The Knit Doll: An Adorable Knitted Toy
One of my mom’s friends knits the most fabulous clothes for her granddaughter’s American Girl Dolls. They’re so cute, and she customizes them to each granddaughter’s personality and desires for their dolls. She loves knitted toy patterns, and her granddaughters love playing with them. A match made in knitting heaven!
Some people think dolls are creepy, but not me! I love them and always have. My hope chest is about half full of my childhood dolls, so loved that the hair is rubbed off of some of them. I was a baby doll-loving baby and a Barbie-loving kid. The land of make-believe was strong in our house, and many, many outfit changes were needed to make it come alive every day.
Imagine my delight when I received our new book, My Knitted Doll, by Louise Crowther! Louise has created the most darling little knit doll patterns, accompanied by precious clothing and accessories.
The dolls are knit without clothing, and you can choose which garments, shoes, etc., you want to knit for them. Just look at little Faye (above), with her bunny dress and hat. And those boots! So cute, and so fun to knit.
All of the dolls are knit from cotton on size 3 US needles and end up being about a foot tall. Here’s Louise to tell you more about this wonderful book of knitting patterns for toys!
The Perfect Knitted Toy: My Knitted Doll
I’m delighted to introduce you to twelve adorable little people who are bound to make the little people in your life very happy indeed. I think we all had a doll or a teddy, or something similar, that we thought of as a best friend when we were growing up—someone to share adventures and make up stories with. The great thing about Penny, Grace, Anna, Ralph and the whole gang is that they are full of personality and have plenty of features like clothes, bags and hats that can enhance play and add to the fun. I’ve designed them all with play in mind, and given complete instructions to make knitting them a breeze.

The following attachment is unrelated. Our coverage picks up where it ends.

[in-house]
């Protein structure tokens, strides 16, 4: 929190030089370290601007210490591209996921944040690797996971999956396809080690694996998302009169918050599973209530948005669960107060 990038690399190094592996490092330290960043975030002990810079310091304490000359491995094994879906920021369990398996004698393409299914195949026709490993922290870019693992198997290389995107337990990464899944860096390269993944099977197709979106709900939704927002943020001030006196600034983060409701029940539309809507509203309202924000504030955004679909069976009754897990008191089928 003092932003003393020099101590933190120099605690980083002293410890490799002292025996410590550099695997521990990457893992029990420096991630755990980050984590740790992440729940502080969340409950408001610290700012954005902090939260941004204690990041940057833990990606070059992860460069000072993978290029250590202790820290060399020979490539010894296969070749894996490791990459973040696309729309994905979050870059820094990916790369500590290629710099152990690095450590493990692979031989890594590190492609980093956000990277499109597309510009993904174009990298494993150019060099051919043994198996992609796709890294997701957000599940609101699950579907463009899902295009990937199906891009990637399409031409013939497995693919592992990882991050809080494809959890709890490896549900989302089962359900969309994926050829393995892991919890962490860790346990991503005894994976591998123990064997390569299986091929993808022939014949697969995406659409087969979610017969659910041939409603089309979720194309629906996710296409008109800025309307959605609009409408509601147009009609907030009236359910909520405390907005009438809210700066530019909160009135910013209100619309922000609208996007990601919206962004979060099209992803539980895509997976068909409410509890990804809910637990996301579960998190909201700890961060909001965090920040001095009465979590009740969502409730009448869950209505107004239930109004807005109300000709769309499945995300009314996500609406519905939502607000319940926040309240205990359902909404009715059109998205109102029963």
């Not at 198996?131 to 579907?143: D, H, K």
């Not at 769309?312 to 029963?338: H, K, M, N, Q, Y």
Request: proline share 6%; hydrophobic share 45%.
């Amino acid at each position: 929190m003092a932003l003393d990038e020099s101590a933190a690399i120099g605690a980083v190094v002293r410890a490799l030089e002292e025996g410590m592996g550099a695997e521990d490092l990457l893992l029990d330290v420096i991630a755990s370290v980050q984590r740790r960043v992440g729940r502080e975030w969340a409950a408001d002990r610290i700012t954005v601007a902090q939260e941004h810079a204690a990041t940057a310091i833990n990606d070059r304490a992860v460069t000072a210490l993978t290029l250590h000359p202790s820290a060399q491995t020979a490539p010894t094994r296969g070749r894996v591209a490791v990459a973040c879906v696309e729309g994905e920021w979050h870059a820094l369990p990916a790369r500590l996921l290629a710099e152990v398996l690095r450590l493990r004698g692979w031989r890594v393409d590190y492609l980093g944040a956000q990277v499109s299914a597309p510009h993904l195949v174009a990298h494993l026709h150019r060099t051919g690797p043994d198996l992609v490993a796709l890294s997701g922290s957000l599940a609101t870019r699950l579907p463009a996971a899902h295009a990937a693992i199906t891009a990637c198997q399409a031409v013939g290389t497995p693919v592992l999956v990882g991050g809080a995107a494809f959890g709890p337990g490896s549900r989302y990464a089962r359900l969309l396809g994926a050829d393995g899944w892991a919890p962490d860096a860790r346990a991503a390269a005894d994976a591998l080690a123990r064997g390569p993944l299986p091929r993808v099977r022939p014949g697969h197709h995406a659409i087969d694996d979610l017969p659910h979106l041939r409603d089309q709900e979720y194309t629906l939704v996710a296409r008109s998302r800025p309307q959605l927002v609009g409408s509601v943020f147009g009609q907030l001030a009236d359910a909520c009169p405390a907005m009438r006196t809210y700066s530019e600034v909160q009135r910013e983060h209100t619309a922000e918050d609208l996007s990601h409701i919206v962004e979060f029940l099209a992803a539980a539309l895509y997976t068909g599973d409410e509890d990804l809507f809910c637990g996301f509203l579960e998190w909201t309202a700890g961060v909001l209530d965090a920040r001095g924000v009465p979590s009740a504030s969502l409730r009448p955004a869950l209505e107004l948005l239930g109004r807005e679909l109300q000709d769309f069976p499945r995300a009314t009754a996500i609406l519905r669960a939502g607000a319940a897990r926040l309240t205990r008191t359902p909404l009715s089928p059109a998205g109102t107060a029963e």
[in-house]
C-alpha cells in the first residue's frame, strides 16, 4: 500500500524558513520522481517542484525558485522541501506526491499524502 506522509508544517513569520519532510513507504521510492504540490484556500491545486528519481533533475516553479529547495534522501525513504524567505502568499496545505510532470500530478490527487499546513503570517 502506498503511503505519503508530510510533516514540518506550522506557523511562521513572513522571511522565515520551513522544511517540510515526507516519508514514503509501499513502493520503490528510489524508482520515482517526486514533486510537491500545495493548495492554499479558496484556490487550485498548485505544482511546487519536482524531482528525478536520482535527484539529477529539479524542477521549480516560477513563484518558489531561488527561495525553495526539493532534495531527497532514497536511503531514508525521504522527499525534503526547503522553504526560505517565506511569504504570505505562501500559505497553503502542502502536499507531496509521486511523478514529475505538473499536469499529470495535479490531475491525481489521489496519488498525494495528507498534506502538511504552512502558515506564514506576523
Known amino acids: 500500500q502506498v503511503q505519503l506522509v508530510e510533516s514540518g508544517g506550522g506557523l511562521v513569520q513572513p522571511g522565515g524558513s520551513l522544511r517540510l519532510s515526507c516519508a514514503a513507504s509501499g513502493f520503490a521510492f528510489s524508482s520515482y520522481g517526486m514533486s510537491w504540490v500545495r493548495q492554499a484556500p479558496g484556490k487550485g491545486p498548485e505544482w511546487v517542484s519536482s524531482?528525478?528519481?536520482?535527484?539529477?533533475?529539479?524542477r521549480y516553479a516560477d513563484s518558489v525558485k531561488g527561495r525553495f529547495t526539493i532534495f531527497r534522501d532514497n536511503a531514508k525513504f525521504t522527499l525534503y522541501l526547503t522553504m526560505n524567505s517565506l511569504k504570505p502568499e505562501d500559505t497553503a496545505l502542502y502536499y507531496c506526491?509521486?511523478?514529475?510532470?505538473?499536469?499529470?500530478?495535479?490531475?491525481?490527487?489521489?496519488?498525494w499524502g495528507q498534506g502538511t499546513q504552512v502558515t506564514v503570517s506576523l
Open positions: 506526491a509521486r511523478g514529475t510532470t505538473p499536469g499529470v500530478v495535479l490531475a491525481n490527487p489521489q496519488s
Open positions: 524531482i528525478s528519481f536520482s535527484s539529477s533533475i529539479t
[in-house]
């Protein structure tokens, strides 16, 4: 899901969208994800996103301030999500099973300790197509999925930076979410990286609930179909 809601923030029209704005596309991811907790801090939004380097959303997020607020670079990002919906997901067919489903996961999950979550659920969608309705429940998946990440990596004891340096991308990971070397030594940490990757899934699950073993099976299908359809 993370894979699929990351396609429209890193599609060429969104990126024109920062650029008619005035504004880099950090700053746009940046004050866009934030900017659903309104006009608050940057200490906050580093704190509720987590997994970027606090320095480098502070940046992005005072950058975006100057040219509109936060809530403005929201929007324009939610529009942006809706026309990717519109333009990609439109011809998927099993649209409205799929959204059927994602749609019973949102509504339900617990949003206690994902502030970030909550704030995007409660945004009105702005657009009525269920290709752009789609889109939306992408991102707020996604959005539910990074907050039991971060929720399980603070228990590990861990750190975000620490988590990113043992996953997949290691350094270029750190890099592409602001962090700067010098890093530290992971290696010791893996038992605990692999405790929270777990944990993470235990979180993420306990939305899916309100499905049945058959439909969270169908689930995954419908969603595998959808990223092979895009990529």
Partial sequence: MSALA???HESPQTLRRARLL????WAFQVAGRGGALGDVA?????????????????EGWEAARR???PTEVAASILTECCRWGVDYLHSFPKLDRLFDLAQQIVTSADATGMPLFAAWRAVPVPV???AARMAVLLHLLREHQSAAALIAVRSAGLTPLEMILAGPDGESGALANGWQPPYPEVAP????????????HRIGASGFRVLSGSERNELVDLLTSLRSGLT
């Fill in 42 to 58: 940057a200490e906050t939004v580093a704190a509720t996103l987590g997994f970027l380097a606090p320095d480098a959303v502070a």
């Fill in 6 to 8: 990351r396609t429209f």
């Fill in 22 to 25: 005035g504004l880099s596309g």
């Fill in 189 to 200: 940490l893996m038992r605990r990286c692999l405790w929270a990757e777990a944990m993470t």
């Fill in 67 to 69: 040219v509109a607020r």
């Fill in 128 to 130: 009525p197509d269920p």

The inspiration for my dolls comes mainly from all the beautiful children’s clothes available on the high street, the gorgeous little dresses and trendy outfits I would love to buy and dress my little girl in… if only I’d had one!
I created my first doll back in 2010 after looking for a pattern to knit a gift for a friend’s daughter. There is something very special and satisfying about seeing a child all snuggled up with a toy that you have lovingly made.
I wanted something different, something other than the traditional knitted dolls I remembered from my childhood, something that was stylish and cute rather than brash and garish. Unable to find anything suitable I decided to have a go at making my own pattern, with the contemporary look I had in mind. The resulting doll was a resounding success and I soon became inundated with requests for more dolls.
Each pattern is written in a straightforward, easy-to-follow manner with row by row instructions, so that even the less-experienced knitter will find them easy to follow. The patterns in this book are designed for you and your friends and family to enjoy and for private use only.
Finally, please look at the section on personalizing your knitted doll. You can treat any of the dolls as a starting point and adapt the hair, clothing, colors and features to make the perfect doll for you. I look forward to seeing photos of your knitted dolls, share them using the hashtag #myknitteddoll and you can see everyone else’s, too.
Hope you enjoy knitting these dolls as much as I have enjoyed creating them.
—Louise Crowther, from My Knitted Doll
I’ve made my fair share of stuffed knitted toy patterns and I’ve learned something important along the way: the most painstakingly knitted toy is only as good as its stuffing job.
That sounds crazy, but it’s true. If you don’t carefully stuff your doll, it’ll be a lumpy, bumpy uneven mess.
The trick is to stuff it firmly, and it takes more stuffing than you ever think it will! Get yourself a long, smooth chopstick and a big bag of polyester filling, and start stuffing. Louise recommends using small pieces and manipulating the knitted body parts in your hands to spread out the stuffing evenly and smoothly. I find that the chopstick really helps with tube-like parts like the arms and legs of these dolls.
When I stuff toys, I make sure the first part, such as the foot of each leg for these dolls, is firm and smooth before moving on to the next part.
If you do get a lump, you can use a tapestry needle to go through a knit stitch and pick at the stuffing to loosen it and smooth it out. Just make sure you don’t stretch out the stitch; you might need to go into a few different stitches in one area to smooth out a lump.
It’ll all be worth it when you see the look on a child’s face as he or she sees the gorgeous knitted doll! And because this knitted toy is knit from cotton, it can be played with and loved as much as possible. The cotton fabric and polyester filling is washable (by hand or in a cold, gentle cycle in the washing machine). Bonus!
P.S. What’s your stance on dolls—creepy or cute? Leave a comment below and weigh in!